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Tesla’s Autopilot System Under Federal Investigation Over Multiple Car Crashes


The US Department of Transportation’s National Highway Traffic Safety Administration (NHTSA) announced that it would be investigating Tesla’s Model Y, Model X, Model S and Model 3 cars after a series of car crashes involving its Autopilot system and parked emergency vehicles occurred, four of which happened this year.

Tesla’s Autopilot system keeps the vehicle centered in the lane and maintains speed when it’s active in its Operational Design Domain (ODD). However, it’s not yet a full self-driving system therefore drivers still have principal responsibility for Object and Event Detection and Response (OEDR) — identifying and responding to obstacles, vehicles and “adverse maneuvers” by other drivers. NHTSA said most of the 11 crashes took place after dark and crash scenes included measures like emergency vehicle lights, flares or road cones. Read the entire report summary here:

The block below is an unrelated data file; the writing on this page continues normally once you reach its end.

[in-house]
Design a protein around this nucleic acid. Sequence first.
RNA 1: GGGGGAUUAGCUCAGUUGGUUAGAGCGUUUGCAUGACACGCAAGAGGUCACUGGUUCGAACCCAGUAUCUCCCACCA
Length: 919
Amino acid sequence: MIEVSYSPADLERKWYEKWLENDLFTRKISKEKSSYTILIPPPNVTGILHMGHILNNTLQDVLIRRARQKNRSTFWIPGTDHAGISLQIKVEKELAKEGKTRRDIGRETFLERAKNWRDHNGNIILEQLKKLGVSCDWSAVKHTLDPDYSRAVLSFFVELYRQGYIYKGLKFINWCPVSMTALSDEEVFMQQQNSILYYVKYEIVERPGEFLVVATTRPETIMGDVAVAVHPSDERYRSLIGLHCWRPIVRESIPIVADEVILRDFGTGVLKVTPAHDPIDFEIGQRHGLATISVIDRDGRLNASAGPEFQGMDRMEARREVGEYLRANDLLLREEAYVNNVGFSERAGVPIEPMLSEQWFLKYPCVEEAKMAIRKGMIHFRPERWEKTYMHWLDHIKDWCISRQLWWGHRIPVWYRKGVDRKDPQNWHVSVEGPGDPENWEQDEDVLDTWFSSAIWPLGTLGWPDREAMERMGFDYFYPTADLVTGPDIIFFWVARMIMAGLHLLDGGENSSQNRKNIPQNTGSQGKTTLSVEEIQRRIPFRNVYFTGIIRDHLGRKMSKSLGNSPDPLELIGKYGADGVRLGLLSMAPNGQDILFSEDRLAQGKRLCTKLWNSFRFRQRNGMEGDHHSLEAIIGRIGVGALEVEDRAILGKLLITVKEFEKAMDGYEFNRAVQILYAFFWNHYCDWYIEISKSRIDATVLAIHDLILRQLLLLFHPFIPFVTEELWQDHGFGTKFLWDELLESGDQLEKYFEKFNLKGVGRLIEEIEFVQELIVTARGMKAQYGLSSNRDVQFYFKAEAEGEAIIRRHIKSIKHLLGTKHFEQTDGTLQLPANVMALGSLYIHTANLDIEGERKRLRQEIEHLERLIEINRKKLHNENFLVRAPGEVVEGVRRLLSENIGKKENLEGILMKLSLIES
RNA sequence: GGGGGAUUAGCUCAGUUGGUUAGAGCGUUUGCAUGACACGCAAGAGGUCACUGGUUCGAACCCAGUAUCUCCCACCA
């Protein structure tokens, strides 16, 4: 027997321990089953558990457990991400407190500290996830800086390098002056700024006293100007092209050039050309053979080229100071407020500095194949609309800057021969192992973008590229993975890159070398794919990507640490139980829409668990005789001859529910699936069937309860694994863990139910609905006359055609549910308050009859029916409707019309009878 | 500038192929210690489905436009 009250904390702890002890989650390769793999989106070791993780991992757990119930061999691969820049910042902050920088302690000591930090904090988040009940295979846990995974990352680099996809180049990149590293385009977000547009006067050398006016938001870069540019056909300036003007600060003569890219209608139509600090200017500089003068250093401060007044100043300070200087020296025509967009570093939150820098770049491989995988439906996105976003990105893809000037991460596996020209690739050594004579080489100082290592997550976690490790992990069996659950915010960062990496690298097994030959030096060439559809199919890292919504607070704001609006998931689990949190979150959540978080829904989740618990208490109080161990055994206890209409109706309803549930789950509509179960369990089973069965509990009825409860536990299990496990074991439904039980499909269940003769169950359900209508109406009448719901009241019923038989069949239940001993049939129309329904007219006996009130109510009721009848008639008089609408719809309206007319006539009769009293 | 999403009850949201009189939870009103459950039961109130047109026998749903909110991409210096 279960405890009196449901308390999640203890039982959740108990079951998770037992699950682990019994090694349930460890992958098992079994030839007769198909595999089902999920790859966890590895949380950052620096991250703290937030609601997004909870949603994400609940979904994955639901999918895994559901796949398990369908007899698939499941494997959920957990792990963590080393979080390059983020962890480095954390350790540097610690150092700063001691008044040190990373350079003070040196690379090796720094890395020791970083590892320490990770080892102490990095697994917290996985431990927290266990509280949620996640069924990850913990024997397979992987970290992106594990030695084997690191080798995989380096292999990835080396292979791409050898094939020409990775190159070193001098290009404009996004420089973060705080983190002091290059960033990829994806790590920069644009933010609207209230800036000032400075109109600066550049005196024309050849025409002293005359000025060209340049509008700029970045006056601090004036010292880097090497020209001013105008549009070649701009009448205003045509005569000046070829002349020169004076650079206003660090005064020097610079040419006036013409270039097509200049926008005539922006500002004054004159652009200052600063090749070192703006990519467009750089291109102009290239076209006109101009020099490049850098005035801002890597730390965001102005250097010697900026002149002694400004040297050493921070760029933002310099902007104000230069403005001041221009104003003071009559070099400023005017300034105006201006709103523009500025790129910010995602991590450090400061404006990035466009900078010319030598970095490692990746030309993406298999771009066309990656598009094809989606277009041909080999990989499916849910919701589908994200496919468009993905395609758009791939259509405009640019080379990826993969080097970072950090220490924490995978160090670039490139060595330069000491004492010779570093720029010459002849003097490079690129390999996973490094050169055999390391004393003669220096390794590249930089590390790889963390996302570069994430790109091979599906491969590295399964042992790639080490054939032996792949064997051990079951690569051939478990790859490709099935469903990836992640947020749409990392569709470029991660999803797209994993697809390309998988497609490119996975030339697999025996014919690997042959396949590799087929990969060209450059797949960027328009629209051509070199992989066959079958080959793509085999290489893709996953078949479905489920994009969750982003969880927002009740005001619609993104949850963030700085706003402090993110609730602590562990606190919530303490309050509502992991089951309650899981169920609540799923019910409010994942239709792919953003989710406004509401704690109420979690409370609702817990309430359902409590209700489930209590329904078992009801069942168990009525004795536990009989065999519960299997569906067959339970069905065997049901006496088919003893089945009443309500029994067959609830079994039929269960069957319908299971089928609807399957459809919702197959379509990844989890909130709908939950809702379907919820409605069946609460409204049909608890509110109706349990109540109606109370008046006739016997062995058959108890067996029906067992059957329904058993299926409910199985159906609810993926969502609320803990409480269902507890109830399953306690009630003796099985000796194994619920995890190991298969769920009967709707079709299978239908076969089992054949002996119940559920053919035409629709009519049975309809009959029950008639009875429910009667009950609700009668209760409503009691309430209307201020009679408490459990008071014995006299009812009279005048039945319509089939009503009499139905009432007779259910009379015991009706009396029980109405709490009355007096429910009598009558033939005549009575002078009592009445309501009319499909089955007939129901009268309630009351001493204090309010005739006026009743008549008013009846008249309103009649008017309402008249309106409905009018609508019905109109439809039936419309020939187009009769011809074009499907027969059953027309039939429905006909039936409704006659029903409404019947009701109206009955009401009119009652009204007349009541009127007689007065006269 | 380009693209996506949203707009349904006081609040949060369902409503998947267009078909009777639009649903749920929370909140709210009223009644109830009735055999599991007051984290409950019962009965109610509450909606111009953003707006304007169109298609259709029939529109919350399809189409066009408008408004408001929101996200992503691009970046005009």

“Since January 2018, the Office of Defects Investigation (ODI) has identified eleven crashes in which Tesla models of various configurations have encountered first responder scenes and subsequently struck one or more vehicles involved with those scenes. The incidents are listed at the end of this summary by date, city, and state. Most incidents took place after dark and the crash scenes encountered included scene control measures such as first responder vehicle lights, flares, an illuminated arrow board, and road cones. The involved subject vehicles were all confirmed to have been engaged in either Autopilot or Traffic Aware Cruise Control during the approach to the crashes. Autopilot is an Advanced Driver Assistance System (ADAS) in which the vehicle maintains its speed and lane centering when engaged within its Operational Design Domain (ODD). With the ADAS active, the driver still holds primary responsibility for Object and Event Detection and Response (OEDR), e.g., identification of obstacles in the roadway or adverse maneuvers by neighboring vehicles during the Dynamic Driving Task (DDT). ODI has opened a Preliminary Evaluation of the SAE Level 2 ADAS system (Autopilot) in the Model Year 2014-2021 Models Y, X, S,and 3. The investigation will assess the technologies and methods used to monitor, assist, and enforce the driver’s engagement with the dynamic driving task during Autopilot operation. The investigation will additionally assess the OEDR by vehicles when engaged in Autopilot mode, and ODD in which the Autopilot mode is functional. The investigation will also include examination of the contributing circumstances for the confirmed crashes . . . and other similar crashes.”

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